I pulled the onions, shallots, and most of the garlic this afternoon and we hung them to cure behind the house. I am very pleased with how the shallots turned out (our first time growing them) and the garlic, too (good sized bulbs). The onions didn't do as well, and most of them are quite small. Their stems were wilted and becoming slippery, though, so they had to be pulled.
Wednesday, August 3, 2016
The flower bed
Dahlia (the center is a little misshapen, but the colour is gorgeous. The picture doesn't do it justice.
A volunteer sunflower and volunteer marigolds in the pea patch.
One of the North Georgia Candy Roasters. I hope they do a lot of growing this month. Time is running out! The reviews were right - these are a prolific variety. I should have planted them in a different location. I didn't realize they would be so large. I have four planted in a crowded space at the back of the house. Parts are climbing up the fence, one vine has attached itself to the apple tree, and another is trying to grab onto a container of mint.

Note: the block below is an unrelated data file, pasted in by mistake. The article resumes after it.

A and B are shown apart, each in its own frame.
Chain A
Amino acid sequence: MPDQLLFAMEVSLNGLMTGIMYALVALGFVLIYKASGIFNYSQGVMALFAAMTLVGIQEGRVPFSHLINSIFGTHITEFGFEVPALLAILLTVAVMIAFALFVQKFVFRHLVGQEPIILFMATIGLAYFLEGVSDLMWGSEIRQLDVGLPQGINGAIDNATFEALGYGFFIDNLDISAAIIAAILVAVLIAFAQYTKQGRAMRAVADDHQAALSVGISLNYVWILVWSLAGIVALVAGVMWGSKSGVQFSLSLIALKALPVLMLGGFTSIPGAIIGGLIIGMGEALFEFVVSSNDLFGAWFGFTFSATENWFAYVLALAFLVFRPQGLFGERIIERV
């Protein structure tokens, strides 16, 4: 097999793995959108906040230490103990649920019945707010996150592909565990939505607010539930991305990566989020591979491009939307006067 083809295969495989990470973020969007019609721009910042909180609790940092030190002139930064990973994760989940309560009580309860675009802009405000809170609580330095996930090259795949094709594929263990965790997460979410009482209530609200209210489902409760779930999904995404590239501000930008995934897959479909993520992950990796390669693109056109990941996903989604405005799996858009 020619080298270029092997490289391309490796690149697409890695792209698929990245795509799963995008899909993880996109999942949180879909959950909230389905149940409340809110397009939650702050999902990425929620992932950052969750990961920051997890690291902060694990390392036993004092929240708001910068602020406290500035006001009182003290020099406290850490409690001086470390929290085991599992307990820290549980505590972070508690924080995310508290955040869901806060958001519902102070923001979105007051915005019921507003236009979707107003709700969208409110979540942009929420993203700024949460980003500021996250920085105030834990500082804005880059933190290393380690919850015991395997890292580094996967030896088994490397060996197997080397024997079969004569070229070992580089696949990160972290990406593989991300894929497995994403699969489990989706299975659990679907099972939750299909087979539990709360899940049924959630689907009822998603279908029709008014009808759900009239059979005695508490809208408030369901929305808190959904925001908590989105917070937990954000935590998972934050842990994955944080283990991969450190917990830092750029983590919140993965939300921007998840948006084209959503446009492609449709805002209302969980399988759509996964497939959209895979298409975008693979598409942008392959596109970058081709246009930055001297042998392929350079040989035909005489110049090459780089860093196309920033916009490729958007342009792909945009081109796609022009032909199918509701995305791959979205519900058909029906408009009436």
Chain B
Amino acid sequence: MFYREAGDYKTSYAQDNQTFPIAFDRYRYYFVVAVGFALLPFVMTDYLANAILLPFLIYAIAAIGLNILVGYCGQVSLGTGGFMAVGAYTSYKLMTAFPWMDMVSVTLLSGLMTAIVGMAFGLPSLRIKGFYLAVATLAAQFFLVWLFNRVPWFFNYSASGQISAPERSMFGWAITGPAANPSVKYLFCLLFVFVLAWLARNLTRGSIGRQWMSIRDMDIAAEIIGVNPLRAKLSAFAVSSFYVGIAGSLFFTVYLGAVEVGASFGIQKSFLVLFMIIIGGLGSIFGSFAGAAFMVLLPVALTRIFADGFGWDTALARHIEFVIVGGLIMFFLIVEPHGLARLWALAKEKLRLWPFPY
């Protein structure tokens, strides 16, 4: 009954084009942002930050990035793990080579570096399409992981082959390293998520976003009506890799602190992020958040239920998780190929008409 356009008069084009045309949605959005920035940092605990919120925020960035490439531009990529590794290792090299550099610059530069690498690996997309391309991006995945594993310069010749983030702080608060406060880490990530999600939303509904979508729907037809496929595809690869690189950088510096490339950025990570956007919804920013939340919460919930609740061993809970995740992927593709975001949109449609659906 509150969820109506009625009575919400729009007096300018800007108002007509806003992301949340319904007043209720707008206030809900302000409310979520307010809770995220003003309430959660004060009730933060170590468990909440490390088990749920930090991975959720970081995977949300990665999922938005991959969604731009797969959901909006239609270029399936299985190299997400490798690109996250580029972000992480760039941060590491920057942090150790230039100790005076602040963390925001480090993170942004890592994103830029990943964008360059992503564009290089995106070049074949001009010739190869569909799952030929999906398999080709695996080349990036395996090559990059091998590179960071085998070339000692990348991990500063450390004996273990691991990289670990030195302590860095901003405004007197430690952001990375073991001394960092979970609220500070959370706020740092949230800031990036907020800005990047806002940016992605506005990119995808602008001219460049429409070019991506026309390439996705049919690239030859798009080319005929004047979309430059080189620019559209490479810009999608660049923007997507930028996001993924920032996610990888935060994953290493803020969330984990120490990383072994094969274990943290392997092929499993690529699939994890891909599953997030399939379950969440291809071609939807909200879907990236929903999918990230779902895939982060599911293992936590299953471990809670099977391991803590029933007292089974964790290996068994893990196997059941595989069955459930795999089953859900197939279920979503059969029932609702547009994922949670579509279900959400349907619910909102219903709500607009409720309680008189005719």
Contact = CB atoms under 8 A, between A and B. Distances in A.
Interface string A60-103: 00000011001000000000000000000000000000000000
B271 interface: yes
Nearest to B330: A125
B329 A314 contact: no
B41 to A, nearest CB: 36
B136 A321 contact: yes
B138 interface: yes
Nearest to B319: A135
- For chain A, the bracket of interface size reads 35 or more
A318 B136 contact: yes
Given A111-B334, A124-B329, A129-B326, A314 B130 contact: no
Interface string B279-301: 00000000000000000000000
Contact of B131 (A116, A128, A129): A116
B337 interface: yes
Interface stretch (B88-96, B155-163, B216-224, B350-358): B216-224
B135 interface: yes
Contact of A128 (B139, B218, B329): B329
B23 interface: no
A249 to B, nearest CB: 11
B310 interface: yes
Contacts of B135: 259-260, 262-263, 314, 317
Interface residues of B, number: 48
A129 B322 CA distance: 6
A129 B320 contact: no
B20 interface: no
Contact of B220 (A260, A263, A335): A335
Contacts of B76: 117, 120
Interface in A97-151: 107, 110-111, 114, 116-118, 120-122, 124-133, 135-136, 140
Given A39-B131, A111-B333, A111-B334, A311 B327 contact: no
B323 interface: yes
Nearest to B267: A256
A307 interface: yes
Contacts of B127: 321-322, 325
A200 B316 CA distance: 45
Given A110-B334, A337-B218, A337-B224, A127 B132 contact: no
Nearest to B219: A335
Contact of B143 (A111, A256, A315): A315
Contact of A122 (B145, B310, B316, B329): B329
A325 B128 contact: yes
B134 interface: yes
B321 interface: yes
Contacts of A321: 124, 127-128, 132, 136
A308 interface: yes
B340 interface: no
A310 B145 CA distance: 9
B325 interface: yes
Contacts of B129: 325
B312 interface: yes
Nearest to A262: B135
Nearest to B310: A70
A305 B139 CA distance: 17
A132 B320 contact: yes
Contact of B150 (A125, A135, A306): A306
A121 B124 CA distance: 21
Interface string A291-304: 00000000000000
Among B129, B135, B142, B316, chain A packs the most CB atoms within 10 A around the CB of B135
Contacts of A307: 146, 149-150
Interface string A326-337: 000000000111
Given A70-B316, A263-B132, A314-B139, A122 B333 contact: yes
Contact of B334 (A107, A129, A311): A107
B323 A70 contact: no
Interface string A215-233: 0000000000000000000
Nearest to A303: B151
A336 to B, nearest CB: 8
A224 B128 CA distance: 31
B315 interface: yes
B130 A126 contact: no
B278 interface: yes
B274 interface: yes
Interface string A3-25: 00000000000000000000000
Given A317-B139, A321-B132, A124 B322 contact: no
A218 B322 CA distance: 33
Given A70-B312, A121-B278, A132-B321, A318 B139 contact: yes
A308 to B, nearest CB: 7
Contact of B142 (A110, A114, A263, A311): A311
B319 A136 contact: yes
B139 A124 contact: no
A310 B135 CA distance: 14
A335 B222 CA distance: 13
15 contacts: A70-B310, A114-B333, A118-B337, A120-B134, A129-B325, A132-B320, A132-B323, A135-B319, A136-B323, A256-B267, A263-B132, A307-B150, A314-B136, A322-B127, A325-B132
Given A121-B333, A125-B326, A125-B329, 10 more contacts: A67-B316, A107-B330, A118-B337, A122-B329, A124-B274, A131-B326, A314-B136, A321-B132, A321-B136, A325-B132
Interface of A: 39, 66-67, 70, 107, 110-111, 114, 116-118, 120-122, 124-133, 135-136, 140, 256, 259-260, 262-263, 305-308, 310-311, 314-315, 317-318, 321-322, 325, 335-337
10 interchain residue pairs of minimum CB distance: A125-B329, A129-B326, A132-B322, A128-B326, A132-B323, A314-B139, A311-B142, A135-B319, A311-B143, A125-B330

One of the Gelber Englischer Custard squash plants is finally producing what will eventually be flowers, and hopefully squash. We were already eating these this time last year!
Parsley and chard bathtub, containers of mint in the front.